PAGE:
• Identify the comparative characteristics of grasses and other low growing fodder plants from different natural and created habitats including a range of trees and shrubs.
  • Explain how forage plants may be established effectively in a managed pasture.
  • Explain how to manage a landscape to optimise forage production in a way that is sustainable, both economically and environmentally.
  • Explore factors that impact the quantity and quality of forage produced by a landscape and the effect on productivity of forage production.
  • Identify common problems that can arise in livestock and other animals as a result or the forage/fodder they eat.
  • Harvest and store forage plants for feeding animals after a period of storage.


Fodder plants are mainly cultivated for animal feed which does include natural pastures regardless of if they are cultivated. These crops can be permanent or temporary. Permanent crops entail land use exclusively for 5 years or more for establishing a specific fodder whether it is natural herbaceous material or cultivated. Temporary crops are intensively farmed, cut, and rotated fodder plants which are typically either grasses, legumes, or root crops.

These types of fodder are fed as either:

  • Fresh, green feed which may be harvested and given to animals or have animals graze directly and rotate on cultivated pastures.  
  • Hay where the fodder is stored, dried and then given to the animals
  • Converted to silage where it is compacted to airtight, barrel shaped wraps which allow for fermentation without spoilage (usually in preparation for winter months)
  • Part of compound feeds

Grasses are the dominant vegetation on much of worlds rangelands. They are classified as temporary crops grown intensively with multiple cropping per year as fodder. They are harvested green and contain crude fibres, protein and some minerals. E.g. Bluegrass, Napier, Sudan grass, Timothy grass.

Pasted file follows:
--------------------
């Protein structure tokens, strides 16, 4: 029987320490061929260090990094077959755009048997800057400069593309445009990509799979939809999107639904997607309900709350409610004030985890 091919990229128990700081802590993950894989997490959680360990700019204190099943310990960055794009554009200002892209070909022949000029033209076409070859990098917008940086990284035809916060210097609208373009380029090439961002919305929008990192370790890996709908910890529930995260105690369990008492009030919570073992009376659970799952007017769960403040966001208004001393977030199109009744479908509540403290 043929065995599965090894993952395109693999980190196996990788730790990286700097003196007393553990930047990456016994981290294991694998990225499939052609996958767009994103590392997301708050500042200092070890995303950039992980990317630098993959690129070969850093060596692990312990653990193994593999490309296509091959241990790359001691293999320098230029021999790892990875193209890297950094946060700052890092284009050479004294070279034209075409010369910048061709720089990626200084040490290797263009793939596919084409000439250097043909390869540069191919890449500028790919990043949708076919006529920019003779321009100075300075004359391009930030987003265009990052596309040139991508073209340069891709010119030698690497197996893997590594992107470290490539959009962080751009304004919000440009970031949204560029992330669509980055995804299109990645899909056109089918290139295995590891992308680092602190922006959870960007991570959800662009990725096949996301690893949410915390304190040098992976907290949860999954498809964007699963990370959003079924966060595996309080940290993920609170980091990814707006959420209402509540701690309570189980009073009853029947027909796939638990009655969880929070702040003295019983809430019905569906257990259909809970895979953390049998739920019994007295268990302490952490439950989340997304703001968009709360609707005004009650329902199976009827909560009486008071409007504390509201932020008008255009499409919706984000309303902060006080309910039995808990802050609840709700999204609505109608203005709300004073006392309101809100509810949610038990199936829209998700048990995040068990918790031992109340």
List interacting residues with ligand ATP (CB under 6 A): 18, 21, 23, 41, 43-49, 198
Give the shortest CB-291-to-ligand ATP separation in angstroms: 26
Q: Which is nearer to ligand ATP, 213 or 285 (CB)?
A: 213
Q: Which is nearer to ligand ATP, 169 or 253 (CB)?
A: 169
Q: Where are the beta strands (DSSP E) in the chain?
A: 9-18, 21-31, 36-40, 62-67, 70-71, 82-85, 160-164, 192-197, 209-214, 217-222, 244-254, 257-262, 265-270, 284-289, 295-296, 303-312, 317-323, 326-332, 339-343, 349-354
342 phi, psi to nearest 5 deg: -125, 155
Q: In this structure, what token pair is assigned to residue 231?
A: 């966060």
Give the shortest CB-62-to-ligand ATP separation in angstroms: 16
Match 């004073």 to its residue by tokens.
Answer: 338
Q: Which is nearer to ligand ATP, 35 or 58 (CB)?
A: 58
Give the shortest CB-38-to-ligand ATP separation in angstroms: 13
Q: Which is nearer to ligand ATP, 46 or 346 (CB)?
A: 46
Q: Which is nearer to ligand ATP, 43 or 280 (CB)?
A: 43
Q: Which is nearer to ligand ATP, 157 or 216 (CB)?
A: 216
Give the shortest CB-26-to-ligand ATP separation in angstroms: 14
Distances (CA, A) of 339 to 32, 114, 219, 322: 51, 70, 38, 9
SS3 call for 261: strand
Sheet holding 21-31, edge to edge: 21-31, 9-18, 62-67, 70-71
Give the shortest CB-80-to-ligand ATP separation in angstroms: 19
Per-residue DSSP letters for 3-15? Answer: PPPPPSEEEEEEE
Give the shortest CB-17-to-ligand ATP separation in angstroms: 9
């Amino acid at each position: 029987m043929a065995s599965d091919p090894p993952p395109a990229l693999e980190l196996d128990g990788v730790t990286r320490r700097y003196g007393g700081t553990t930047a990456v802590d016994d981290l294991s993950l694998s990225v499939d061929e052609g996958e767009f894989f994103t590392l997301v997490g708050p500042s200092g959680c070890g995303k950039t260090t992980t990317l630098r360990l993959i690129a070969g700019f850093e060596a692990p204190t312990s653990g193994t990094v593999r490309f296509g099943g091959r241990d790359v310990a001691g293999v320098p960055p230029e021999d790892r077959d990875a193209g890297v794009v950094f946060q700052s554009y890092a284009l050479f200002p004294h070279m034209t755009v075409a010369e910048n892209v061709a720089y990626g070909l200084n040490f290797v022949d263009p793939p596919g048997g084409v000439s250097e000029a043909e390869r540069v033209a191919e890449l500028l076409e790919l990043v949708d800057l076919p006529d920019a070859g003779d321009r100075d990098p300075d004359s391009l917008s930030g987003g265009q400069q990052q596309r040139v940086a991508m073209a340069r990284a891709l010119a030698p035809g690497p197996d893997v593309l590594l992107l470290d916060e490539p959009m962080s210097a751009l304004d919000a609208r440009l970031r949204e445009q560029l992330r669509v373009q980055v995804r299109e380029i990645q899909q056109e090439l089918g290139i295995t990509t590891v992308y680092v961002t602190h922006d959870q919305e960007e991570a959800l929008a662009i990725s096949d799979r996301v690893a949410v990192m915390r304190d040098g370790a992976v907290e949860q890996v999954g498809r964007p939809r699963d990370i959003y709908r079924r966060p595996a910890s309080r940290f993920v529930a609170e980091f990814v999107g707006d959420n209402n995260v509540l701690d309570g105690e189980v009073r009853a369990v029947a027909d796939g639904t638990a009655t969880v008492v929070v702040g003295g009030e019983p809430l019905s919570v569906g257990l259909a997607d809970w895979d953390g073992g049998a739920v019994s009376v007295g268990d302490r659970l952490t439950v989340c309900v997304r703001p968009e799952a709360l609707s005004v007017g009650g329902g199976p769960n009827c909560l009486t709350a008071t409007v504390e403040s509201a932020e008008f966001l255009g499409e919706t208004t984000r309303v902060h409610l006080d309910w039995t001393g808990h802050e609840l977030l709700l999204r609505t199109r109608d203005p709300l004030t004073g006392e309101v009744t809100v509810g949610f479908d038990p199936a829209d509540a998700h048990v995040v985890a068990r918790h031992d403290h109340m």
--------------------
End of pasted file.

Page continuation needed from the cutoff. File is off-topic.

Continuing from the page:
Legumes are a temporary crop and unique subgroup of forbs having narrow range of adaptation than grasses do. Many legumes have superior forage quality, most fix atmospheric nitrogen and often seeded into and managed as important component of pasture and hayfields. Widely grown legumes used to feed animals include are clovers and trefoils.  With regards to animal nutrition, legumes are high in crude protein and have high intake and digestibility by ruminants than grasses. Some common types of legumes cultivated include alfalfa, red clover, white clover, and annual lespedeza. 

Root vegetables are a temporary crop and are easily digestible for animals as they have a low fibre content and contain high levels of starch and sugar. Types of root crops that most grown include carrots, beetroot, potatoes, and yellow beet. The crops are relatively easy to grow however do need to be cut up using a root cutter, or similar tool, to prevent animals from choking on the large vegetables produced. Root fodder crops are more common on small scale farms.

Wildflower pastures are a permanent pasture naturally occurring worldwide. They create an ideal habitat for an intricate ecosystem encouraging life of birds, reptiles, invertebrates, amphibians, and mammals. These pastures are commonly used harmoniously for grazing with cattle where overgrazing and high stocking densities are especially avoided to preserve these ecosystems. 



After this course you will have enhanced your capacity to work in a wide range of agricultural jobs, including:

  • Farm Manager
  • Farm Hand
  • Agricultural Consultant
  • Farm Supplies Manager/ Pasture Seed Company Officer
  • Agricultural Researcher, Writer, Broadcaster, Teachers
  • Produce or Land Agent